February 05, 2010

mtDNA in Iberian Northern Plateau

Am J Phys Anthropol doi:10.1002/ajpa.21252

Mitochondrial DNA patterns in the Iberian Northern plateau: Population dynamics and substructure of the Zamora province

Luis Alvarez et al.

ABSTRACT

Several studies have shown the importance of recent events in the configuration of the genetic landscape of a specific territory. In this context, due to the phenomena of repopulation and demographic fluctuations that took place in recent centuries, the Iberian Northern plateau is a very interesting case study. The main aim of this work is to check if recent population movements together with existing boundaries (geographical and administrative) have influenced the current genetic composition of the area. To accomplish this general purpose, mitochondrial DNA variations of 214 individuals from a population located in the Western region of the Iberian Northern plateau (the province of Zamora) were analyzed. Results showed a typical Western European mitochondrial DNA haplogroup composition. However, unexpected high frequencies of U5, HV0, and L haplogroups were found in some regions. The analyses of microdifferentiation showed that there are differences between regions, but no geographic substructure organization can be noticed. It can be stated that the differences observed in the genetic pool of the sampled area at regional level results from the mixture of different populations carrying new lineages into this area at different points in history.

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3 comments:

just passing by said...

My mtDNA haplogroup is U5b2:
HVR1: 16270T & 16519C. HVR2: 73G,150T,228A,263G,309.1C,315.1C. You can see near matches from northern Spain, that might be from a KGM refuge connection. Otherwise, my maternal line comes from the UK.

marnie said...

" The analyses of microdifferentiation showed that there are differences between regions, but no geographic substructure organization can be noticed. It can be stated that the differences observed in the genetic pool of the sampled area at regional level results from the mixture of different populations carrying new lineages into this area at different points in history."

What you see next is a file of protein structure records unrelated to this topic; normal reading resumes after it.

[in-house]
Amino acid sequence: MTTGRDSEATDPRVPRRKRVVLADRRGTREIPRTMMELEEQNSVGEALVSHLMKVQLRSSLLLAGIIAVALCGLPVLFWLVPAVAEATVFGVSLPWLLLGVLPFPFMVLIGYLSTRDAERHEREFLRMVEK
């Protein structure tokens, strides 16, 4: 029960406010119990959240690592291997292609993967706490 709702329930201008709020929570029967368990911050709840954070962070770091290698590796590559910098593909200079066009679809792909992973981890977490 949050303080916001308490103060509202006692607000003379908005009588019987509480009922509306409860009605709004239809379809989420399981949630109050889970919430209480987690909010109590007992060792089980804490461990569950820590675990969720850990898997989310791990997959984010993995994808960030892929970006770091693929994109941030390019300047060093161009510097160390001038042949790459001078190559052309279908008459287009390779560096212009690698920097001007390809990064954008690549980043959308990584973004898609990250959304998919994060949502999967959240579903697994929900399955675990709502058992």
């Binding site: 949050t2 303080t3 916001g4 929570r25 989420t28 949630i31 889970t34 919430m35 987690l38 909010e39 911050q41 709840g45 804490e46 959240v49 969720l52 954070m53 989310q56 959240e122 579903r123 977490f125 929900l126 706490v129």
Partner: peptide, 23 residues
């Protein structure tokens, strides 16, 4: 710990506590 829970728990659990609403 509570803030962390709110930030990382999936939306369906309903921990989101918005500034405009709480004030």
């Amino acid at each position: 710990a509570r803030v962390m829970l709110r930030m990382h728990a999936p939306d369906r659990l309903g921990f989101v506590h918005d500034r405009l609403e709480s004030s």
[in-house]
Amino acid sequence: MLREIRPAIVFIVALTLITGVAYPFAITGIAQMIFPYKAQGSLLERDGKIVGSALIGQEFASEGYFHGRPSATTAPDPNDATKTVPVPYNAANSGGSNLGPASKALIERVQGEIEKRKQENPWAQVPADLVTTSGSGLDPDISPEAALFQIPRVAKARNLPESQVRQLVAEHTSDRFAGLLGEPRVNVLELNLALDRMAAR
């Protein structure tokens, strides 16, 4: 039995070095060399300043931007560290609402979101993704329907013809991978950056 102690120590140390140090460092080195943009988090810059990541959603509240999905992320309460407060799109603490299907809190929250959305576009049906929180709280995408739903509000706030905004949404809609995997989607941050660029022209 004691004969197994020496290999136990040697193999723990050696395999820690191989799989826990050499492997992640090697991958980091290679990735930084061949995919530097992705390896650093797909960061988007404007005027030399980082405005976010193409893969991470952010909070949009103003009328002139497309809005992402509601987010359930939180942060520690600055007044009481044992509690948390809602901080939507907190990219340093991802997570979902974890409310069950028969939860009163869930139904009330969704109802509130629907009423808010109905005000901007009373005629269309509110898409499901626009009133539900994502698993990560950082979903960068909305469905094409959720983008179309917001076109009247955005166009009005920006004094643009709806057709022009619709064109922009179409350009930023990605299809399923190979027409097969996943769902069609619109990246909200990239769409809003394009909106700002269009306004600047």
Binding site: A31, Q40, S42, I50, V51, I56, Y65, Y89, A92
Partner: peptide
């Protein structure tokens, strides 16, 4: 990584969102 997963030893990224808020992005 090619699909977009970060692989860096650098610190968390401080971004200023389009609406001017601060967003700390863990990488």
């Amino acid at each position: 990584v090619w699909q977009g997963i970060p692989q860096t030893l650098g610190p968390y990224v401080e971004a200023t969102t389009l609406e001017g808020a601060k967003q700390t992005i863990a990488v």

This problem, a signal detection in noise problem, has some similarities with detecting a wired or wireless communication signal.

The signal is buried in noise, sometimes at or even below the noise floor.

The signal, here, the genetic signature of an ancient geographically-in-place population, has some structure.

The noise also has some structure. In this case, there are likely multiple sources of noise, each with there own genetic structure. These sources of noise are the result of geographic spreading of populations into the geographic region.

In communication theory, the method of recovery and reconstruction of a signal is often done by making some assumptions about the structure of the signal and the structure of noise. Using such assumptions, one attempts to break the signal out of the noise. (That's how DSL works.)

Usually, signal recovery in noise techniques involve some statistical assumptions, as well. Some of the signal is lost in the noise, but over many samples, it is possible to gain a recognizeable picture of the original signal.

Signal recovery also uses adaptation.

In looking at the genetic substructure problem, I would think that there is some optimum geographic bound for sampling in order to maximize the signal and minimize the noise. Too far in, and you don't have enough of the signal. Too far out and your signal to noise ratio is going to drop.

One could try to use adaptive signally techniques to set the geographic bound on genetic samples in order to maximize the signal/noise ratio of the genetic substructure.

One other thought is that presumably, the more of the genome that is used for analysis, the better the chance of having more signal and less noise.

I guess the genetic statistics guys must be having a field day.

frenchy said...

"In the province of Zamora, if the total number of African lineages are taken into account (Hgs L1b, L2b, L3, M1, and U6a1a), the contribution represents 5.7% of the total Hg composition"

% L = 10/214 = 4.67%
% M1 and U6a1a = 2/214 = 0.93%